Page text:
We’re supported by moms. When you buy through links on our site, As an Amazon Associate, I may earn a commission.
You’re pregnant, your pregnancy is moving along nicely and your nesting instinct is just about ready to kick in. You are ready to decorate your nursery and create the perfect vision for your little ones’ first bedroom.
But do you have some doubts about your safety while carrying out the nursery renovation and the safety of your unborn child? And no you are not being a dramatic new mom or making excuses in order for someone else to do all the hard work.
The truth is that breathing in paint fumes is not good for anyone but especially not for a pregnant woman and her unborn child.
There are different opinions with regard to this matter depending on who you speak to. But it is generally considered unsafe to paint while you are pregnant and is certainly not worth the potential unknown harm that could be caused to your baby.
Let’s take a look at why painting is considered dangerous while you are pregnant and if there are any ways you can try to minimize the risks and still get the job done.
Table of Contents
Potential Risks To Baby
It is very difficult to conduct research on pregnant women as it raises many obvious ethical issues and could potentially damage the woman or her unborn baby.
The data that we do have to draw on is based on the results of research conducted using pregnant rats. In this 2017 study researchers looked at rats that were exposed to too much toluene-based paint inhalation.
It revealed that prenatal exposure led to some concerning results with regard to spatial memory function in the rats’ offspring.
Although humans are not the same as rats, the study does suggest that paint inhalation may potentially pose a risk to the brain development of the unborn baby, which could then go on to impact their childhood development too.
In 2019 a study concluded that home renovations were “significantly associated with male genital abnormality.” This caused concern for those women carrying baby boys.
But researchers did add that the time frame and level of exposure in which babies are exposed to home renovations does matter.
This same study also discredited certain birth abnormalities that were originally thought to be caused by paint fume inhalation, such as cleft palate.
Certain Paints May Be Safer
Paint manufacturers are continually working to ensure that their paints are less toxic, contain less harmful chemicals, and are generally safer for use.
|Rust-Oleum 1974730 Painter's Touch Latex Paint, Half Pint, Semi-Gloss Black||PrimeEligible||Buy Now|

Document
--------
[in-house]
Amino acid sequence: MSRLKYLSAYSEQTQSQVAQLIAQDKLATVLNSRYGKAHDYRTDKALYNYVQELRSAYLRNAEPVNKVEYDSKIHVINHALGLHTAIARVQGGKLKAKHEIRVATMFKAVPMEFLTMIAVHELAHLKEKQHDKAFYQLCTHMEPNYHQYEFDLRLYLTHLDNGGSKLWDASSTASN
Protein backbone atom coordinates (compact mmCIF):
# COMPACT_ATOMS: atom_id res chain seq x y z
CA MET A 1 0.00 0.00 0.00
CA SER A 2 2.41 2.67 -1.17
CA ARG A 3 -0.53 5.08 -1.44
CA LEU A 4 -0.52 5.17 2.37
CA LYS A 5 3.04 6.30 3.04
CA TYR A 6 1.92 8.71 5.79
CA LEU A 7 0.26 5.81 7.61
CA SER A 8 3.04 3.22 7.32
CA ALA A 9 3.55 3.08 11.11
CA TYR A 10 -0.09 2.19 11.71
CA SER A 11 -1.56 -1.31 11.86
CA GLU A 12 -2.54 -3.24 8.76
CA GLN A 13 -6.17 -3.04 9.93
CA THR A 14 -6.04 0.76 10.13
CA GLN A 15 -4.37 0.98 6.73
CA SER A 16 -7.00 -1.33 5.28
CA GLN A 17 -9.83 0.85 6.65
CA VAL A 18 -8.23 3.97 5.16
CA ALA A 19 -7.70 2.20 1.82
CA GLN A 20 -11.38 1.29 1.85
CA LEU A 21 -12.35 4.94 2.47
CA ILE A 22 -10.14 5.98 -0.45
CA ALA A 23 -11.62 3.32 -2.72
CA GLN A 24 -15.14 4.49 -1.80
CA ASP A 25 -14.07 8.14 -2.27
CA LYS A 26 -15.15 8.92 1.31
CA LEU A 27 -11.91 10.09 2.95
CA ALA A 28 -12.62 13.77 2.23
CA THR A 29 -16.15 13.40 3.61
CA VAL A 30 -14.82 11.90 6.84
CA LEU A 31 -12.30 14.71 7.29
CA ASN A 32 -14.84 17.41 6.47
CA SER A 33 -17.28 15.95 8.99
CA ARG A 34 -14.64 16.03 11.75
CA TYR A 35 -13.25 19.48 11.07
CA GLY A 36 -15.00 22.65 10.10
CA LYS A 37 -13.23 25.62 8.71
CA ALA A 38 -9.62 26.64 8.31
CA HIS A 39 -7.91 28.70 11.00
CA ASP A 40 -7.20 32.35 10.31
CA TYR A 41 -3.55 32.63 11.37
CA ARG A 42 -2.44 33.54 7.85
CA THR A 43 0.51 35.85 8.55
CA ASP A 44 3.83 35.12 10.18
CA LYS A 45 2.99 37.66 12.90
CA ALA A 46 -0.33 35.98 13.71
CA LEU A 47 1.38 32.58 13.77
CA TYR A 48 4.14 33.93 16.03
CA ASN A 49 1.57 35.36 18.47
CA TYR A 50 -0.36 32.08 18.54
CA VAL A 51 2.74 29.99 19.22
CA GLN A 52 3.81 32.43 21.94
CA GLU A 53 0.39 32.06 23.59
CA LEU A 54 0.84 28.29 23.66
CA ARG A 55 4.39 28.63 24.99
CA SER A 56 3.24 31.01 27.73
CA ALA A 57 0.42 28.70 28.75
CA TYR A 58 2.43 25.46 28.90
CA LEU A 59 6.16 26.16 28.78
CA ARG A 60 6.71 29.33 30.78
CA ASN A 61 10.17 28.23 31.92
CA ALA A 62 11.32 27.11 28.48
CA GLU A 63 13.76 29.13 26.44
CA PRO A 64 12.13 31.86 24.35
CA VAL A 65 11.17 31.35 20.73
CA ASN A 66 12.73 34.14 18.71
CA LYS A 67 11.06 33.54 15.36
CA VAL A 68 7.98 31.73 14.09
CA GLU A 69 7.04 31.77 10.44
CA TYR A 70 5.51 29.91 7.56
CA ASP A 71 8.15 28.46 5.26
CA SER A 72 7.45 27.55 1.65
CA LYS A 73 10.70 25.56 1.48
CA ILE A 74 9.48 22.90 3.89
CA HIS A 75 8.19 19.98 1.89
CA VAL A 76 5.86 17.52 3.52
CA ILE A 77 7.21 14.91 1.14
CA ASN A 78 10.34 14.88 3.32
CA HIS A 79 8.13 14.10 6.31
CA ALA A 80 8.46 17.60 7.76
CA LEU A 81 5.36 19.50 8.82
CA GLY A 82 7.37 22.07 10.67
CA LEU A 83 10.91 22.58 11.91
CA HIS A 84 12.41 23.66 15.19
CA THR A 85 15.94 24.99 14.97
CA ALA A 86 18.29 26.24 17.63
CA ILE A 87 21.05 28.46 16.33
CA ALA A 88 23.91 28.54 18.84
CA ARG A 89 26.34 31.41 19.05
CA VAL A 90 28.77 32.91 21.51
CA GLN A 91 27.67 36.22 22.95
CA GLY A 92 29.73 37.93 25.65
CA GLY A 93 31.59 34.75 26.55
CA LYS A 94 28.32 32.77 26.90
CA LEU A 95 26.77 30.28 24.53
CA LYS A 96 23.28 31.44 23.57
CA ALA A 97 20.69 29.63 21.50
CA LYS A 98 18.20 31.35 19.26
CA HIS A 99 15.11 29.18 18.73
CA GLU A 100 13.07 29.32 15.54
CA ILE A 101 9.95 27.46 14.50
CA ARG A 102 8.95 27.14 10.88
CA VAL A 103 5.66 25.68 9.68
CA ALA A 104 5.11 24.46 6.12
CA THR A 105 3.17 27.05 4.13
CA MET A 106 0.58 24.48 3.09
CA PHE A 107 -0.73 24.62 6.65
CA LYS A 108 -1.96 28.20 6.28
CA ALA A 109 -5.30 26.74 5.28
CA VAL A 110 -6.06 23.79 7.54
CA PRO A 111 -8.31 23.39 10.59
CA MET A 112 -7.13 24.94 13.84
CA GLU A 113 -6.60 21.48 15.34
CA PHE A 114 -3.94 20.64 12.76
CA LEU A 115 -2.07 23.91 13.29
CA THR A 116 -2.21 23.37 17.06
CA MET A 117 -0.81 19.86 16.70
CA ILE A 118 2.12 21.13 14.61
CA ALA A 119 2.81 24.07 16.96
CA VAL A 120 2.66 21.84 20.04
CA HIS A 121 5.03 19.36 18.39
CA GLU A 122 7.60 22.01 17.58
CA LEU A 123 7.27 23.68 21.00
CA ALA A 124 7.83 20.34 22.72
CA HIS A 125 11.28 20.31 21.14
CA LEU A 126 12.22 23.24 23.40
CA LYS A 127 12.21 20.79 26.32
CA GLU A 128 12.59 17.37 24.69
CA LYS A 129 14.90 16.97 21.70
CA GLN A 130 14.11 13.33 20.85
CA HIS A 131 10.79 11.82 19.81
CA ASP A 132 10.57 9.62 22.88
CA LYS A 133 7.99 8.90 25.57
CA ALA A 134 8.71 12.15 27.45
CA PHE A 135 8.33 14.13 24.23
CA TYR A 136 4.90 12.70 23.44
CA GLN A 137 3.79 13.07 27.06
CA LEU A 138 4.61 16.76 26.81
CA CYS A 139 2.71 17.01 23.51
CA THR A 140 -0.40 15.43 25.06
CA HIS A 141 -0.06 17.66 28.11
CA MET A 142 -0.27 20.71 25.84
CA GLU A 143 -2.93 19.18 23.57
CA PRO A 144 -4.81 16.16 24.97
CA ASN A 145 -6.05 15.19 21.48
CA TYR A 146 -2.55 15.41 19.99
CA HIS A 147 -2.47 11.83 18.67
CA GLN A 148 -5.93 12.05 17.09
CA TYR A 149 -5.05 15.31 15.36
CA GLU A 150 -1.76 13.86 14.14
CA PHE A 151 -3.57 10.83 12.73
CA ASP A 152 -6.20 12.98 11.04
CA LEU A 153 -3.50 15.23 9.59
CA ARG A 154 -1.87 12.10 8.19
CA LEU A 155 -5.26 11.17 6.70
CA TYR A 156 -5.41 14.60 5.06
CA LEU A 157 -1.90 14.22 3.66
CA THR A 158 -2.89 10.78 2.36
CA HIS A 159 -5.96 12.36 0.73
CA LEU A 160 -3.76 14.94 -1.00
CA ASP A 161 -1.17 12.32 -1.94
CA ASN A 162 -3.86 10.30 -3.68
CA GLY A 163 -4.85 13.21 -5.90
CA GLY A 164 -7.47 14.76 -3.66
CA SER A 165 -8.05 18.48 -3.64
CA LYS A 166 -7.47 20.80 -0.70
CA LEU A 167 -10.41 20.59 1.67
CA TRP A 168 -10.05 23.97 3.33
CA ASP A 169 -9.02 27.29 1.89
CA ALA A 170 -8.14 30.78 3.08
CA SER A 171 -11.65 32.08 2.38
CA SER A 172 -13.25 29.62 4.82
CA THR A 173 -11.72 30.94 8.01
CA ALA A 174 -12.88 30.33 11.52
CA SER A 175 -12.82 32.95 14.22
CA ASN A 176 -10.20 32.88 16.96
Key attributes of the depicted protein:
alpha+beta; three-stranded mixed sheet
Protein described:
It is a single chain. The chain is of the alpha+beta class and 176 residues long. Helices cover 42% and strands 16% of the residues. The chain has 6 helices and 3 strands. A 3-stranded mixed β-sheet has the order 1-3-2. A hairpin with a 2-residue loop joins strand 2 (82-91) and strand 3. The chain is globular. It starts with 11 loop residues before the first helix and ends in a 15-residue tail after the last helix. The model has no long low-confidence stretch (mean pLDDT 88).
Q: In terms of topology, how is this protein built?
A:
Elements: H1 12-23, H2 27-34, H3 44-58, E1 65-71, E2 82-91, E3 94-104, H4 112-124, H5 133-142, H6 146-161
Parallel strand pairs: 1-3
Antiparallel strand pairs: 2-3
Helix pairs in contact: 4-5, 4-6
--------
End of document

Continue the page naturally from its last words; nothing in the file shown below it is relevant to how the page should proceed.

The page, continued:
|Krylon K05617007 Colormaxx Brush On Paint, Quart, Black||Prime||Buy Now|
|Rust-Oleum 1977502 Painters Touch Latex, 1-Quart, Gloss Kona Brown||PrimeEligible||Buy Now|
Product prices and availability are accurate as of the date/time indicated and are subject to change. Any price and availability information displayed on [relevant Amazon Site(s), as applicable] at the time of purchase will apply to the purchase of this product.Prices pulled from the Amazon Product Advertising API on:
They have come a long way since the days of lead-based paints which have been prohibited for decades.
But you must remember that there could possibly be traces of lead-based paint around your home depending on the age of the property of course.
One thing to remember is that there is a big difference between giving a nurse a lovely fresh coat of paint and stripping years’ worth of paint from a house renovation.
Volatile organic compounds (VOCs) is one of the things that you will be advised to avoid and are still found in some paints. If you are willing to pay a little extra you can purchase an organic or VOC-free option.
But even some of those paints that are marketed as VOC free may well emit some VOCs, so good ventilation is key to any decorating job.
There are a few different types of paint available today such as oil-based paints, acrylic paints, and water-based paints. Some of these are safer than others:
- Oil-based paints often contain harmful chemicals.
- Acrylic paints are seen as slightly safer than oil-based paints but can still contain harmful chemicals.
- Water-based paints are typically seen as a safer option than any solvent-based paints.
Does It Matter How Far Along I Am?
There is also a mix of advice and opinions in this area as well. We all know that the first trimester is a key time as it is the time when key organs and body functions are developing.